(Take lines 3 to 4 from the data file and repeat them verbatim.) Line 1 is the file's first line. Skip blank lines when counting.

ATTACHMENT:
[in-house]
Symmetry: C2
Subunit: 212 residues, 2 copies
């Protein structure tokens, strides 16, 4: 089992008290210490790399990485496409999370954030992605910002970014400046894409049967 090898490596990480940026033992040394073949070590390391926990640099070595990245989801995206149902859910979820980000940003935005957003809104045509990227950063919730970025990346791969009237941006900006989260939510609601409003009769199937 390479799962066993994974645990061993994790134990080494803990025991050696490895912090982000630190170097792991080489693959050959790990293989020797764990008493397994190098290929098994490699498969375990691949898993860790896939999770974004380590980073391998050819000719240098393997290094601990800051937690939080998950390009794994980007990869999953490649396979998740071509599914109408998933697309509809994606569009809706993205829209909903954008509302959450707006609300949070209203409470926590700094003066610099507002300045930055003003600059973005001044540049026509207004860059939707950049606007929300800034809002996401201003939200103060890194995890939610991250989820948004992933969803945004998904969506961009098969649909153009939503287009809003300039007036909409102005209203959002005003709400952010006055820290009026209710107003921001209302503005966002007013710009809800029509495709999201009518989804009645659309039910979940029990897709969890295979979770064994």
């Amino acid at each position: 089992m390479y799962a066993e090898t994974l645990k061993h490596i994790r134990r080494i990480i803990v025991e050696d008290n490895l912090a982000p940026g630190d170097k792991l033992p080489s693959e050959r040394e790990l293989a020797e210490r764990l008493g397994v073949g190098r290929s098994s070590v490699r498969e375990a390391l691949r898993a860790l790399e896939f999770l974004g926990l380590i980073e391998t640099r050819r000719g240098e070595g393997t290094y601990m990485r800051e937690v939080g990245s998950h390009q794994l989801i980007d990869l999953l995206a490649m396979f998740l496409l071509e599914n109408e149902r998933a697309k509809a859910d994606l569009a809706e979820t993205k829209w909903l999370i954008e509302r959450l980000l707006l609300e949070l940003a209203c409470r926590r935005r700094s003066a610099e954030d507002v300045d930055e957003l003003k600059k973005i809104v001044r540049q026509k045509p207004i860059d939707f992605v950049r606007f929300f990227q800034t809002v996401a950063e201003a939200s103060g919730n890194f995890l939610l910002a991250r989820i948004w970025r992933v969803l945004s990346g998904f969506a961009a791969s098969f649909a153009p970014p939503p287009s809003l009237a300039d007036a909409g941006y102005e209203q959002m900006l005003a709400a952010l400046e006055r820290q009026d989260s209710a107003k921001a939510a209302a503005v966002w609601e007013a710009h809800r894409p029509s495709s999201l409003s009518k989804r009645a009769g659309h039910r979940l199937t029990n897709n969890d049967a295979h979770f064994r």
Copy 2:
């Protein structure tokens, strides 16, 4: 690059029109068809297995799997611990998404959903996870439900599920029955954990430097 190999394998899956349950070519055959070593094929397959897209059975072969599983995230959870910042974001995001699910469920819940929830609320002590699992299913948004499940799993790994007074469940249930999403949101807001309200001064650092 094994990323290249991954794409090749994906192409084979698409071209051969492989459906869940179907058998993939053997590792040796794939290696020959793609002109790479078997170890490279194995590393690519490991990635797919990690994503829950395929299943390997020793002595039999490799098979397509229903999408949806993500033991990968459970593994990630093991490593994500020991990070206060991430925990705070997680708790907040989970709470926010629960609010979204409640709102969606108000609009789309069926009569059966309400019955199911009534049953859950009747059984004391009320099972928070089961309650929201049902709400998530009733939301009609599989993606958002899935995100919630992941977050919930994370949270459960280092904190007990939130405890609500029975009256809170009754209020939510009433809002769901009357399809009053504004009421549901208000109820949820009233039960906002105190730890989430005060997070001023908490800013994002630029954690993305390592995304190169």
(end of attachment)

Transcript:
Subunit: 212 residues, 2 copies
């Protein structure tokens, strides 16, 4: 089992008290210490790399990485496409999370954030992605910002970014400046894409049967 090898490596990480940026033992040394073949070590390391926990640099070595990245989801995206149902859910979820980000940003935005957003809104045509990227950063919730970025990346791969009237941006900006989260939510609601409003009769199937 390479799962066993994974645990061993994790134990080494803990025991050696490895912090982000630190170097792991080489693959050959790990293989020797764990008493397994190098290929098994490699498969375990691949898993860790896939999770974004380590980073391998050819000719240098393997290094601990800051937690939080998950390009794994980007990869999953490649396979998740071509599914109408998933697309509809994606569009809706993205829209909903954008509302959450707006609300949070209203409470926590700094003066610099507002300045930055003003600059973005001044540049026509207004860059939707950049606007929300800034809002996401201003939200103060890194995890939610991250989820948004992933969803945004998904969506961009098969649909153009939503287009809003300039007036909409102005209203959002005003709400952010006055820290009026209710107003921001209302503005966002007013710009809800029509495709999201009518989804009645659309039910979940029990897709969890295979979770064994």